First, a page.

Birkat Hamazon 8
In this lesson students will analyze Birkat Hamazon as a prayer and then as a blessing.
In this lesson students will analyze Birkat Hamazon as a prayer and then as a blessing. The students will be introduced to the concept, role, purpose and value of prayer, and examine Birkat Hamazon as a prayer text. Blessings, their structure and purpose will also be examined, and Birkat Hamazon will be analyzed as such. Students will then compare these two approaches to Birkat Hamazon.
Content: Students will be able to…
1. Describe the reasons for praying in general.
2. Describe how those reasons apply to Birkat Hamazon.
3. Describe the three components of prayer (praise, petition, thanks), using the Amidah as an example of this.
4. Explain how Birkat Hamazon can be considered a prayer.
5. Differentiate between the three types of blessings (for benefit or pleasure/ Hanehenin, for mitzvoth/Hamitzvot, for gratitude/Hodaah) and give an example of each.
6. Explain how Birkat Hamazon can be considered a blessing.
Students will be able to…
1. Analyze Birkat Hamazon from different points of view.
|Students will be able to…|
1. Appreciate the reasons why people pray.
2. Appreciate that there are multiple reasons why people pray.
Resources & Equipment needed
For each student: Copies of Birkat Hamazon, copies of the Amidah/Shemonah Esrei (18 Benedictions), worksheets.
1. Write in large letters on the board “Why Pray?” and brainstorm with the students.
2. Give out worksheet “Why Pray?”. Ask students to consider each reason and write yes or no in the box. Point out that some of the reasons were included in their own “Birkat Hamazon” prayers from Lesson 1.
3. Briefly discuss their responses to each one.
4. Ask each student to consider if the reasons listed in the worksheet apply for Birkat Hamazon. They should use the text when considering this.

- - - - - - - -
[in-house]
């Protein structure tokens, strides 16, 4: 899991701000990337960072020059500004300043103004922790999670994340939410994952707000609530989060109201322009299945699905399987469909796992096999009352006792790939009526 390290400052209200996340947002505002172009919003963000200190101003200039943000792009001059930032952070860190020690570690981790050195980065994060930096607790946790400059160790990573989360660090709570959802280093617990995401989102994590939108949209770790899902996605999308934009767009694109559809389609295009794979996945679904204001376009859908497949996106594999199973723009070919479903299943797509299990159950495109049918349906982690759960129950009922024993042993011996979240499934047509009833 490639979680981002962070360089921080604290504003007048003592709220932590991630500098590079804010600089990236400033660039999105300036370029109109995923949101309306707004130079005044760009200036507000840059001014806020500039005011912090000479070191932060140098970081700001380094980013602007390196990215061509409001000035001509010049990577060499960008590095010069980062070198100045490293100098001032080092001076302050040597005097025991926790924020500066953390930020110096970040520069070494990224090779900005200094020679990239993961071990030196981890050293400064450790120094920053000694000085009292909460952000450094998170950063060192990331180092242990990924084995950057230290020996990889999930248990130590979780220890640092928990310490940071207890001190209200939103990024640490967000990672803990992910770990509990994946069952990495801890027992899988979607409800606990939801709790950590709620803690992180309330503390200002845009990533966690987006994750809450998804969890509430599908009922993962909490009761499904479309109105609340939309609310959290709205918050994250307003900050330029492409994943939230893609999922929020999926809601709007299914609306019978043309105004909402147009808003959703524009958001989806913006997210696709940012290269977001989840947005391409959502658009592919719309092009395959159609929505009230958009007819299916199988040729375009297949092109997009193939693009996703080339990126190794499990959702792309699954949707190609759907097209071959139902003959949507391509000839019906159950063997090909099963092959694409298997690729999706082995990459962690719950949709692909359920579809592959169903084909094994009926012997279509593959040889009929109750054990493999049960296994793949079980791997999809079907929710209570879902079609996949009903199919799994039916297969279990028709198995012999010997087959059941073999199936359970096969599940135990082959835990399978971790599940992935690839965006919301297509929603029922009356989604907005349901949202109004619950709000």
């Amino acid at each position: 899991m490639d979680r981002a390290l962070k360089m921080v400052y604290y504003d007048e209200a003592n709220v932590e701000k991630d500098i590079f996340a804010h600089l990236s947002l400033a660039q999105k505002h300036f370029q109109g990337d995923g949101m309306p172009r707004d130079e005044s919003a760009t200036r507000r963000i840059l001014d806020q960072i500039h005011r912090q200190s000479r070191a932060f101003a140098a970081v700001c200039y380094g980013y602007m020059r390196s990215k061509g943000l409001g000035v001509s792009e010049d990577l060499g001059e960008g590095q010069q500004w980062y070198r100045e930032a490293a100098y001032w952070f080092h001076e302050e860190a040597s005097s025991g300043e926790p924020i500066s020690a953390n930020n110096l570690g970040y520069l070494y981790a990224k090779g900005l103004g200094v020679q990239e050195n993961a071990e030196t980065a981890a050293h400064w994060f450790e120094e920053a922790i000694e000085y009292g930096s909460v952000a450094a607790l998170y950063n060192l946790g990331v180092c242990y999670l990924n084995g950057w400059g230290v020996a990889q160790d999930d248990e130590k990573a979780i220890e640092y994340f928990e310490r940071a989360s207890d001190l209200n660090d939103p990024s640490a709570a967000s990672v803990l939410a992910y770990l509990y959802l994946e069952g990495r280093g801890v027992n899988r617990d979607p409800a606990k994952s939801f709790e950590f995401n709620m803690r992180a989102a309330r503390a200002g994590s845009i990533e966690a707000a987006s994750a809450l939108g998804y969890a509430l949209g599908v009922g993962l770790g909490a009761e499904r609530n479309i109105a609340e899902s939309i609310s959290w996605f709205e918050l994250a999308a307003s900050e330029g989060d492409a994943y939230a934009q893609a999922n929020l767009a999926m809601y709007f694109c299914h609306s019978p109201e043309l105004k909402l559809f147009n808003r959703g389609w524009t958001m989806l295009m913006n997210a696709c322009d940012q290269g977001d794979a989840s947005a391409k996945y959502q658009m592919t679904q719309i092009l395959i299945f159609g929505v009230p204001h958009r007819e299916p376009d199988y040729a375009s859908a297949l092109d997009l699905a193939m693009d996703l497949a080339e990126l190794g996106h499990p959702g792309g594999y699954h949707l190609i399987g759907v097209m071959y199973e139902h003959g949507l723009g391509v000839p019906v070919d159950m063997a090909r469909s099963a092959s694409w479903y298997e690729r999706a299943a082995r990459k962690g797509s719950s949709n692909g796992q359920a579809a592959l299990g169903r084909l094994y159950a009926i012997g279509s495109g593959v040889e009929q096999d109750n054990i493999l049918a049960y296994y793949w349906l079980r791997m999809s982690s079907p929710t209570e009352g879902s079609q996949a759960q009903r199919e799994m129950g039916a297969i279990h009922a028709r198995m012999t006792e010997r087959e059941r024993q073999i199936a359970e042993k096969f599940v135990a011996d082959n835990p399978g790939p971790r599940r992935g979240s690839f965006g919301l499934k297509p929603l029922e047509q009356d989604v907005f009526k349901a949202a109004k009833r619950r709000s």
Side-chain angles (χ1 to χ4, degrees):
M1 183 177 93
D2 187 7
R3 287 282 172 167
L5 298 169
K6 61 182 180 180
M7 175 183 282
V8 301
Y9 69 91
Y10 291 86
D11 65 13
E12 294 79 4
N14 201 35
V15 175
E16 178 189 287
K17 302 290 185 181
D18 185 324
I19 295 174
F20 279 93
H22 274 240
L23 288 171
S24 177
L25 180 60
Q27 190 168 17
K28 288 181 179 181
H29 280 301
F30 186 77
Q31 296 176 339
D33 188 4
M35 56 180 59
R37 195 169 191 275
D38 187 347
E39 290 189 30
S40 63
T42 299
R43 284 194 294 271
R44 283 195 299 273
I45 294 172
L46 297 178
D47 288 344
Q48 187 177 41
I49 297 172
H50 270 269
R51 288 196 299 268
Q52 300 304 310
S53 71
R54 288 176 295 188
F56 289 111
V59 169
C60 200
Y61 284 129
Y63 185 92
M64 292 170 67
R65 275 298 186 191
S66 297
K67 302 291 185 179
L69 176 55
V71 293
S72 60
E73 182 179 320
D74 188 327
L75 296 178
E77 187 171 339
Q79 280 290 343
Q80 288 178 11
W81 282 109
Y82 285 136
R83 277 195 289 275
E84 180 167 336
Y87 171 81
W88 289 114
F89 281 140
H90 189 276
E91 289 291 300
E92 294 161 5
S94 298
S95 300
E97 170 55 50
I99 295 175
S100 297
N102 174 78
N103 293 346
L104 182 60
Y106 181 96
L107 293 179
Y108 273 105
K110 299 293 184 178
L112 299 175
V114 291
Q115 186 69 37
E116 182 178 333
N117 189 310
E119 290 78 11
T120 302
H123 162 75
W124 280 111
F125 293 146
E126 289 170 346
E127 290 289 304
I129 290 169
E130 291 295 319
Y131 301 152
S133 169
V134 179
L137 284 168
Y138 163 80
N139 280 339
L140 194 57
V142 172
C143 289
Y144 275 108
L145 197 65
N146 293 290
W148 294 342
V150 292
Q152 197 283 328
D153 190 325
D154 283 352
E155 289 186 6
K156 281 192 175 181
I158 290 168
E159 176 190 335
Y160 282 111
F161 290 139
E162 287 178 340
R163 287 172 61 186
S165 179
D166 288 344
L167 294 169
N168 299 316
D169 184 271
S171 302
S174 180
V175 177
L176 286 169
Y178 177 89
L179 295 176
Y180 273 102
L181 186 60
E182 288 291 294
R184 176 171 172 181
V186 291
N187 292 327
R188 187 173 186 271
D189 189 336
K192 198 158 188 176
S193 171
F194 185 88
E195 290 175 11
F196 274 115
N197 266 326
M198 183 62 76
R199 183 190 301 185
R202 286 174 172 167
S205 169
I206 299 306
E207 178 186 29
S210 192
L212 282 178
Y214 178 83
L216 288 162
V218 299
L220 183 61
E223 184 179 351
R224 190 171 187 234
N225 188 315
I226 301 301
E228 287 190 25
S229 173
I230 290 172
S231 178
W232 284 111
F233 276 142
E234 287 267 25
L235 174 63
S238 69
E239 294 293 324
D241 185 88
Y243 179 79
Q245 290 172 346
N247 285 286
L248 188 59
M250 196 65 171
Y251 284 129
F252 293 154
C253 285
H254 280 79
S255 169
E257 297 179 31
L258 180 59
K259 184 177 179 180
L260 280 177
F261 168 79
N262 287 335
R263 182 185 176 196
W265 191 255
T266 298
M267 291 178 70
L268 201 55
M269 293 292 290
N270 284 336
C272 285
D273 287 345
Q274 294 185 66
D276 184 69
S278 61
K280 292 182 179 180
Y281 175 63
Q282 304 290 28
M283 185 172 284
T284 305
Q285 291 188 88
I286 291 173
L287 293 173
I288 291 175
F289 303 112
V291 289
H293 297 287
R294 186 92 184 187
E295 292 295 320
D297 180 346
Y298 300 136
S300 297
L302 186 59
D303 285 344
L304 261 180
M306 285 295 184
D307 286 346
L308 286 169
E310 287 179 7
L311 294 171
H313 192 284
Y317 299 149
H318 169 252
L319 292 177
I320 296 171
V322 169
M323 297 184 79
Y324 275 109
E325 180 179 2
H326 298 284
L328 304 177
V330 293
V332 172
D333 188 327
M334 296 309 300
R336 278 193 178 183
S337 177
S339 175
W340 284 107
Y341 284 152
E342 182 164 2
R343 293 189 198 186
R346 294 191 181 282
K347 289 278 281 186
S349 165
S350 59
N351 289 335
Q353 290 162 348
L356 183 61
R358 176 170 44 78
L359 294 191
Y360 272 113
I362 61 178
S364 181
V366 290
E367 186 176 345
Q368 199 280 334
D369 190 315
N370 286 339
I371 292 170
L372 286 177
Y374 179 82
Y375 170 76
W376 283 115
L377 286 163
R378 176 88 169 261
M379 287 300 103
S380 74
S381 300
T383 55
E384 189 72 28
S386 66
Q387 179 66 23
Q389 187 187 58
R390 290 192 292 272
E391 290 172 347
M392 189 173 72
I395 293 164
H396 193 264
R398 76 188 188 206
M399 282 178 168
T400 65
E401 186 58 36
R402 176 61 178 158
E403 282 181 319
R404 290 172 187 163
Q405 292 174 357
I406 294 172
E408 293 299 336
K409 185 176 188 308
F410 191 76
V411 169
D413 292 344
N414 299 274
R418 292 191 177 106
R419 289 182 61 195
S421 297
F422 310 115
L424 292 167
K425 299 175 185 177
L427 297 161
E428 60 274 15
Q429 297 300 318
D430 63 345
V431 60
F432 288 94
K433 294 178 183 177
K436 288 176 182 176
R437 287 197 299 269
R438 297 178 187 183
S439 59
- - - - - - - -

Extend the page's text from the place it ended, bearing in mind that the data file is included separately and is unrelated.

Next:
5. Discuss this with the class, looking at Birkat Hamazon as a prayer.
6. Introduce the idea of “Praise/Petition/Thanks” in Jewish prayer, and examine the Amidah as an example of this. In the Amidah, the first three blessings=praise, the next 13=petition, the final 3=thanks. See Amidah handout. Note: If the students have never studied the Amidah in depth, this exercise will be difficult for them to understand. It may be best to explain that the Amidah is a central prayer in Judaism and is therefore used as a model to determine the necessary components of a prayer.
7. Examine Birkat Hamazon to see if these three themes exist there as well. (blessing 1= praise, blessing 2= thanks, blessing 3= petition)
8. Ask the class to list all the blessings they can think of to determine the purpose of blessings and the different types. According to the Rambam (Maimonides), there are three types of blessings in Judaism: blessings for benefit/pleasure (berahot Hanehenin), blessings over Mitzvot (berahot Hamitzvot), and blessings of gratitude (berahot Hodaah). See Berahot handout. Discuss which category Birkat Hamazon falls into (a little of all three).
9. Conclude the lesson by saying that Birkat Hamazon can be considered both a prayer and a blessing. Homework: For homework, students should write a petition or prayer to anyone they wish (i.e. not necessarily God, e.g. Principal, parent, famous personality etc.) using the themes of “Praise”, “Petition”, and “Thanks”. Extra Classwork: If there is extra time in class, ask students to consider the term “Barukh Ata Hashem”. What does this mean? How is it usually translated? Blessed? What theological problems can this cause? (God is not in need of our blessings, so why does Judaism insist on blessing God everyday?) Can you think of any alternative translations to capture what we are trying to say when we say “Barukh Ata Hashem”?